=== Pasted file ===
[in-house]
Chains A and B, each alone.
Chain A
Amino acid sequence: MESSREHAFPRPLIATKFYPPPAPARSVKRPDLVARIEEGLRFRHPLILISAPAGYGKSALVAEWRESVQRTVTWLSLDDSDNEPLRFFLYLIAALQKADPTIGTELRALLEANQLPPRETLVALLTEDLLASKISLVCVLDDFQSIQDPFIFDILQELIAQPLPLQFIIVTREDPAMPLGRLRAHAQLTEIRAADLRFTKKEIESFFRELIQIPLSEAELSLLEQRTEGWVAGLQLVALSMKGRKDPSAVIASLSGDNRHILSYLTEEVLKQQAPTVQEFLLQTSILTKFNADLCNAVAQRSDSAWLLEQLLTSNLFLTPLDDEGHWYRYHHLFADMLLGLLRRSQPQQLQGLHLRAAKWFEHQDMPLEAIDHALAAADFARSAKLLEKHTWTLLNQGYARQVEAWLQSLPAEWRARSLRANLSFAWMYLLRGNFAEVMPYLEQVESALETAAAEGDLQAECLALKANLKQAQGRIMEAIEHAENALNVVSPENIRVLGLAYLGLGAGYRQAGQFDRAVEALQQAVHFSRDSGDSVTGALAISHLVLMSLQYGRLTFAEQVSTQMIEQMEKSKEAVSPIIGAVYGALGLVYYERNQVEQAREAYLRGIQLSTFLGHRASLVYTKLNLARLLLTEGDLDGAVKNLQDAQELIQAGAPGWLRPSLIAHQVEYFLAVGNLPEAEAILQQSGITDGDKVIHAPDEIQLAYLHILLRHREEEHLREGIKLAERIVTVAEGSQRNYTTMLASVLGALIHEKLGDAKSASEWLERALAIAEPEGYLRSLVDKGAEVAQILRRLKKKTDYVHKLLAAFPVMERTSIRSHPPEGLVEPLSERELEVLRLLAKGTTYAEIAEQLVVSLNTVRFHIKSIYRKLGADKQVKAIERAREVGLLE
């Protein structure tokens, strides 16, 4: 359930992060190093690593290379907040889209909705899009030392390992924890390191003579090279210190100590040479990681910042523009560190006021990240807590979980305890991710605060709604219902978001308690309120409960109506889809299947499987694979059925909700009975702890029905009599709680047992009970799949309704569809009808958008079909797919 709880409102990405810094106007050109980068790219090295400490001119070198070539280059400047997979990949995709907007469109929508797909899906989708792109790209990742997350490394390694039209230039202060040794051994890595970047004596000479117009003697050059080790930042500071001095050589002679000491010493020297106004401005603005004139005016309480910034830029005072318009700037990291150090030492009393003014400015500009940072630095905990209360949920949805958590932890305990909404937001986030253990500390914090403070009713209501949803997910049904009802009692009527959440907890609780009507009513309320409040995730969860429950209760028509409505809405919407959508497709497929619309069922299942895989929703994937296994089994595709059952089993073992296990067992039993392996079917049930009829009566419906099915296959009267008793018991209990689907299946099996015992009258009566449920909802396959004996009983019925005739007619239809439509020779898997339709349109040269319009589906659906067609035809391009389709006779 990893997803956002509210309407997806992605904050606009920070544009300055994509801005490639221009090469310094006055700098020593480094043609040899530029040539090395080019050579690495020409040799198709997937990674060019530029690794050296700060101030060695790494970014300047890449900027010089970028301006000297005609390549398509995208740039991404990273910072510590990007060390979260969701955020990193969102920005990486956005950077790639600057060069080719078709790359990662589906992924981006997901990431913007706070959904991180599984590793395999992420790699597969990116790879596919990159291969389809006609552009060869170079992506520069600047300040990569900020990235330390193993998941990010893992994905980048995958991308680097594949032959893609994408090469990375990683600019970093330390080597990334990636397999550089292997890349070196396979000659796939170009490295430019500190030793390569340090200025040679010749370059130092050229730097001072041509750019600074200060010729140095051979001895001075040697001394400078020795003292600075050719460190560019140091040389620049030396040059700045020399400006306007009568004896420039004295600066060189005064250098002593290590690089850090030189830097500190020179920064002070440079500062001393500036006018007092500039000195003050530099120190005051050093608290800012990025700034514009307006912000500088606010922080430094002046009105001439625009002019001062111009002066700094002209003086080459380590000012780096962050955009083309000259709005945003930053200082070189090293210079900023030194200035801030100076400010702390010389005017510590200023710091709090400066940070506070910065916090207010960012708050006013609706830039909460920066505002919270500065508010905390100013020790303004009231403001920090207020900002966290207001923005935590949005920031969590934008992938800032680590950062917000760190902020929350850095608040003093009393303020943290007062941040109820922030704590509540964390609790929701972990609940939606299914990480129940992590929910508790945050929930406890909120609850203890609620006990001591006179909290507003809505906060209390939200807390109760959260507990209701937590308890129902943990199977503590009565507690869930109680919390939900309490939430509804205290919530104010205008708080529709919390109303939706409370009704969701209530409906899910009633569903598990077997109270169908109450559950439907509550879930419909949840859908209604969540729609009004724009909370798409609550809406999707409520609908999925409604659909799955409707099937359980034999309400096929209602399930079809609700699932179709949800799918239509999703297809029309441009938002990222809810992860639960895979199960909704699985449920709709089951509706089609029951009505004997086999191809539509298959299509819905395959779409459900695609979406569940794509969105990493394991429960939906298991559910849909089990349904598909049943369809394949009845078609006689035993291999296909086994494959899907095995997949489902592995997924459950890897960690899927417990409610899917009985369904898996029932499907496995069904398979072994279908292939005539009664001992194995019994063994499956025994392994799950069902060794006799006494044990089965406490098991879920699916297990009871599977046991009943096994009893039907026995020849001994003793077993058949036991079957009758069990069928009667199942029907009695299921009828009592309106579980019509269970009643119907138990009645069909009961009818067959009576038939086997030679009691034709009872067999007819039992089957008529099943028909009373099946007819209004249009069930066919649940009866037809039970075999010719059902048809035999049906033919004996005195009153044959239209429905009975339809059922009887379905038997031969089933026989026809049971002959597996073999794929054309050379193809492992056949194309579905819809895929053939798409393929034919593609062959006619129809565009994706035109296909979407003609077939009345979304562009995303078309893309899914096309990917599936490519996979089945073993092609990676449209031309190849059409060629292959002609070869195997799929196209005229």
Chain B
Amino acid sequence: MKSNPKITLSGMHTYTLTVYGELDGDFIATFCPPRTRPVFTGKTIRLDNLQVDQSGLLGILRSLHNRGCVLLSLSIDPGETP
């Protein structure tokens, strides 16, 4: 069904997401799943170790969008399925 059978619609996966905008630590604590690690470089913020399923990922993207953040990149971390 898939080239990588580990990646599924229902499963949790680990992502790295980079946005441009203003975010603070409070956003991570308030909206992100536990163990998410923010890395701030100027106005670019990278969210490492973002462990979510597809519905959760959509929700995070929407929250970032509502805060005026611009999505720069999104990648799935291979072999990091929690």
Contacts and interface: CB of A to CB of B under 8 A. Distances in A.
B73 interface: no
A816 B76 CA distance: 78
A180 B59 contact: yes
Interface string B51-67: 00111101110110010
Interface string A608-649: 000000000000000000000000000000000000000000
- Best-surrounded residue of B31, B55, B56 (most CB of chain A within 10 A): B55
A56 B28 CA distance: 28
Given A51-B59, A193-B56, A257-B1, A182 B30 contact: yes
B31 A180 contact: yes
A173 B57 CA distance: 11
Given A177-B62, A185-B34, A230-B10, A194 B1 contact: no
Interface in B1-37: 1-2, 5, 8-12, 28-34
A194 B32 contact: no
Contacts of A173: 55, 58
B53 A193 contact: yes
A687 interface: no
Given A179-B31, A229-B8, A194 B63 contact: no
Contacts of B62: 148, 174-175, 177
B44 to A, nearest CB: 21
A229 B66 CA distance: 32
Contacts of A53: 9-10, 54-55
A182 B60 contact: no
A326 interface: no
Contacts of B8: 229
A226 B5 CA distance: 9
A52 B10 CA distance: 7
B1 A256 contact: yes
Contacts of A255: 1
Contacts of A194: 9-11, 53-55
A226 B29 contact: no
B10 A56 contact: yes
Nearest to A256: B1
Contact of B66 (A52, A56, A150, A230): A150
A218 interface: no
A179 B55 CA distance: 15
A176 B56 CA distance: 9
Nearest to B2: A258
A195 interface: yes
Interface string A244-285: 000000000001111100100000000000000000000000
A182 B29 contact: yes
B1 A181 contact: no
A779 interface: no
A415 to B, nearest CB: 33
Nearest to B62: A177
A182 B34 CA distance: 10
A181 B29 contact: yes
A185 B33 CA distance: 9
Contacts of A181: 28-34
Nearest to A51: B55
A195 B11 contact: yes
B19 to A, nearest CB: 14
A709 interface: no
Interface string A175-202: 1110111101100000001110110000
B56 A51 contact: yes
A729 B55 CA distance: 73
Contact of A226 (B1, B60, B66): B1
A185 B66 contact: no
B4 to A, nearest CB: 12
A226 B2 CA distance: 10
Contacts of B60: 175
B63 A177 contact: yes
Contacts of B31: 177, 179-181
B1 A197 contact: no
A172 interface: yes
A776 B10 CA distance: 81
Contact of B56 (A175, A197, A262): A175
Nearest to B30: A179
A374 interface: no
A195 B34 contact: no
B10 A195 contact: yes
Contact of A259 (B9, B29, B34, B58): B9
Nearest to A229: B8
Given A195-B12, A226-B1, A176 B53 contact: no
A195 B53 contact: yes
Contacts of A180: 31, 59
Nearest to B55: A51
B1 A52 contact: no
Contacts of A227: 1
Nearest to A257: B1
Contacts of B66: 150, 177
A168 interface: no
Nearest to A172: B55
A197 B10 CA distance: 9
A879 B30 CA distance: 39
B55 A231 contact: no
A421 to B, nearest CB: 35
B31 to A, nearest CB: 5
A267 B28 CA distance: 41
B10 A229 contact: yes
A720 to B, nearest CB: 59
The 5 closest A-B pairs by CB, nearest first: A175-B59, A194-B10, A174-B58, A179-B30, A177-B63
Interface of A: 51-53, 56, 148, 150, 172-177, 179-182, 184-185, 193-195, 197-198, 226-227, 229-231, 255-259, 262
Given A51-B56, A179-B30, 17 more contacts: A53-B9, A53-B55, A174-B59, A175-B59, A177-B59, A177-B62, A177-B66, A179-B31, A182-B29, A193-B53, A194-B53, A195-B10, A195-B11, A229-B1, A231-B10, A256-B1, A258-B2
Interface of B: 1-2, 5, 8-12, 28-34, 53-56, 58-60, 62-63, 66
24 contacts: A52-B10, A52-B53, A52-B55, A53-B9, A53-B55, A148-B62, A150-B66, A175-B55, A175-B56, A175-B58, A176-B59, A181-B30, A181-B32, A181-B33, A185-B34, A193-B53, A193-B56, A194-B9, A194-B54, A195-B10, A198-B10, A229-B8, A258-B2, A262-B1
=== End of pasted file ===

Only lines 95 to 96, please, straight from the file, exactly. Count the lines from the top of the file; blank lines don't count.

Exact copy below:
A421 to B, nearest CB: 35
B31 to A, nearest CB: 5